An Interview with NY Senator David Valesky By Luke Perry
I recently spoke by phone with New York State Senator David Valesky (D-53) about party, electoral, and legislative politics.
When asked about the Democratic Party in New York, Senator Valesky does not believe the party is divided. There is a misperception that the Independent Democratic Conference is new, but it has been around for seven years. According to Valesky, the conference was formed during a “chaotic” period in state history marked by “dysfunctional” politics in Albany.
The IDC was subsequently developed from the belief “there has to be a better way to do public business.” The primary motivation was to “put policy ahead of partisanship.”
Fiscal responsibility was one key focus. Valesky believes this gave people a government in New York where people “could be proud of getting things done.” According to Valesky, the conference has been “very successful.”
When asked if unified party control of both chambers would help get things done, Senator Valesky thought it was difficult to say. This would require a “case by case, issue by issue evaluation.”
Valesky does not believe the IDC empowers Republicans. The group constitutes a separate third conference, and does not conference with the GOP.
When asked about his understanding of Democratic principles, Senator Valesky was “confident in the work I’ve been able to do” from an ideological perspective. Valesky believes he has a positive record to run on, including his advocacy of same sex marriage and public education, minimum wage increases, and pro-choice legislation, to name a few.
When asked about his relationship with liberal grassroots organizations, Valesky said he has spoken with many of them, and is “anxious to continue to do that” and hear various perspectives on politics and governance.
Valesky looks forward discussing his record during the primary campaign, which will begin after the legislative session is complete. This will include his “work to make a difference locally,” such as securing more resources for schools and infrastructure, including water infrastructure. Valesky believes the response of the electorate will ultimately reflect the accomplishments of the incumbent.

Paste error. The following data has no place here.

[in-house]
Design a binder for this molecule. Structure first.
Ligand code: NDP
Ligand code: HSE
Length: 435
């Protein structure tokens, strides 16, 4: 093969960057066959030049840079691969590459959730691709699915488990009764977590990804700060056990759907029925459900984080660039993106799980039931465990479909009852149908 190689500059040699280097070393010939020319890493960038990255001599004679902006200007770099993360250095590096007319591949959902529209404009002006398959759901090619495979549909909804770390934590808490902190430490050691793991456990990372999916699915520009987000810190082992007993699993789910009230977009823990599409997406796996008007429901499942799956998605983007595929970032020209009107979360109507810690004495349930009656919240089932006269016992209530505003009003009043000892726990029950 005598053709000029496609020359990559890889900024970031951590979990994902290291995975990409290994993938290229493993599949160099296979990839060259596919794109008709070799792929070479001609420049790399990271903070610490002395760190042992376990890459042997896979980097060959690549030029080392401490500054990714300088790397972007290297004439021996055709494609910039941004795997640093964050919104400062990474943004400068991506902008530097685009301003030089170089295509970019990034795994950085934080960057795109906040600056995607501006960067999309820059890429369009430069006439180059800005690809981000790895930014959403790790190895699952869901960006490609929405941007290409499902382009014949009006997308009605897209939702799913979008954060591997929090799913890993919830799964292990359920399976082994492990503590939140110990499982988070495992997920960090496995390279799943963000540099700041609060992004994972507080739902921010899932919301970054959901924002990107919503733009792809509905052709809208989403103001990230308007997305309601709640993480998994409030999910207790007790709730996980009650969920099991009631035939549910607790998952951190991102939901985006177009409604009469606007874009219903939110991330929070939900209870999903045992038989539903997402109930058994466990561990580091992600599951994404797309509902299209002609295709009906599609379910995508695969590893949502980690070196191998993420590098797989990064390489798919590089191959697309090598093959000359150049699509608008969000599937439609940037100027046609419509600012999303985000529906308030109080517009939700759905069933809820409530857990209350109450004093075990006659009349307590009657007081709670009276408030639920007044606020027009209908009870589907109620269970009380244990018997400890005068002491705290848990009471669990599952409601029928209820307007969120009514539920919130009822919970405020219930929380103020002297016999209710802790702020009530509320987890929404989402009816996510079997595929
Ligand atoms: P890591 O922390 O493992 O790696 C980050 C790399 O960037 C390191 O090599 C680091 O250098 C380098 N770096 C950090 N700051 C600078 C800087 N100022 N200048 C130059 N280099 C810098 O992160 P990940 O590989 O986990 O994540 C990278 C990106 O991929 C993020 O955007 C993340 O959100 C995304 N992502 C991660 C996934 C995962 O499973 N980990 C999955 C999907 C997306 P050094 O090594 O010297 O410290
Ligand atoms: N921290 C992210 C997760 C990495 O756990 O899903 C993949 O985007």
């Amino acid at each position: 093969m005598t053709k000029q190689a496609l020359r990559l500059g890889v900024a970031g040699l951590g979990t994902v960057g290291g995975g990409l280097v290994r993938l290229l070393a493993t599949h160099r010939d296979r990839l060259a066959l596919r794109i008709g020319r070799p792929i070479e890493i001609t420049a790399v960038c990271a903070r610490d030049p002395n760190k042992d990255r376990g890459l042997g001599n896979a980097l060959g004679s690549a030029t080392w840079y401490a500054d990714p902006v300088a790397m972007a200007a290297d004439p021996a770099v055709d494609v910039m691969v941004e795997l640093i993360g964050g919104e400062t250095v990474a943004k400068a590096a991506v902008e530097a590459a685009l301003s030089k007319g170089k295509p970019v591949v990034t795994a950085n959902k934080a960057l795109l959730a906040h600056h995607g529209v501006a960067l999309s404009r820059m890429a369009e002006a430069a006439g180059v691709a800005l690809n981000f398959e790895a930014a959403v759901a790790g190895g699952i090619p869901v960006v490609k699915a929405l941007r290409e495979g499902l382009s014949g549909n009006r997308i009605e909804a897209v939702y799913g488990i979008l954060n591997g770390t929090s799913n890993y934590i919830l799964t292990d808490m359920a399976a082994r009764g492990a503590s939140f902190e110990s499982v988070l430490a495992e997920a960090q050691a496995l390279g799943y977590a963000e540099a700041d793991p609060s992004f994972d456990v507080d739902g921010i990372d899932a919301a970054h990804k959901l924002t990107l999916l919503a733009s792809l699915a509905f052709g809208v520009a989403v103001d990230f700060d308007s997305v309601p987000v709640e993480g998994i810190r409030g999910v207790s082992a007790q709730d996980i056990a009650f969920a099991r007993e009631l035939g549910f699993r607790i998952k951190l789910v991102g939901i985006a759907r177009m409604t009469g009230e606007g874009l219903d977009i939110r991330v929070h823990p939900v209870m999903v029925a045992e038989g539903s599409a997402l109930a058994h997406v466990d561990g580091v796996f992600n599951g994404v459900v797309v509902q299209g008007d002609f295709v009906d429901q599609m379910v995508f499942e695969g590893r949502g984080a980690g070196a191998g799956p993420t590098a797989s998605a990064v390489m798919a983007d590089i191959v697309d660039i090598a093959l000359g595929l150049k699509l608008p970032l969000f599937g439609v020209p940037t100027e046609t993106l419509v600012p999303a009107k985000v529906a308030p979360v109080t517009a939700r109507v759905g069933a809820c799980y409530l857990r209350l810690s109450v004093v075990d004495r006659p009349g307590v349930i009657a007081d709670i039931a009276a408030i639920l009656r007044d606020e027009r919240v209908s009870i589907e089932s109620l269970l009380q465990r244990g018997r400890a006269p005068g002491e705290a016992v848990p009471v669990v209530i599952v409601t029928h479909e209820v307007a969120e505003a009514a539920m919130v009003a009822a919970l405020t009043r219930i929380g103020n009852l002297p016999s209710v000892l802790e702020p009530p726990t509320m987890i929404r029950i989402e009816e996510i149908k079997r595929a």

When asked about Governor Cuomo, Senator Valesky believes the governor is “doing well.” Valesky has supported many of his legislative initiatives.
“The great challenge in our state,” Valesky explained, “deals with geography.” Half of the population lives in one city, creating a divide between upstate and downstate. In addressing issues, such as economic development and infrastructure, Valesky advocates for “upstate getting its fair share” of attention and resources.
When asked about Representative John Katko (R, NY-24) and Representative Claudia Tenney (R, NY-22), who represent Valesky’s constituents in the House of Representatives, Valesky emphasized how federal decisions have an impact locally. Valesky cited how the state gets one-third of its resources from the federal government.
Senator Valesky said he is doing everything he can to support the candidacy of Anthony Brindisi, who he described as an “outstanding state legislator.” John Katko’s seat has been less clear until recently, when Dana Balter emerged as the Democratic frontrunner. Valesky will interact with her more going forward. For now, the NY-22 is “more in focus” because Assemblyman Brindisi is “exactly the kind of person we need in Washington” right now.
Luke Perry (@PolSciLukePerry) is Chair and Professor of Government at Utica College.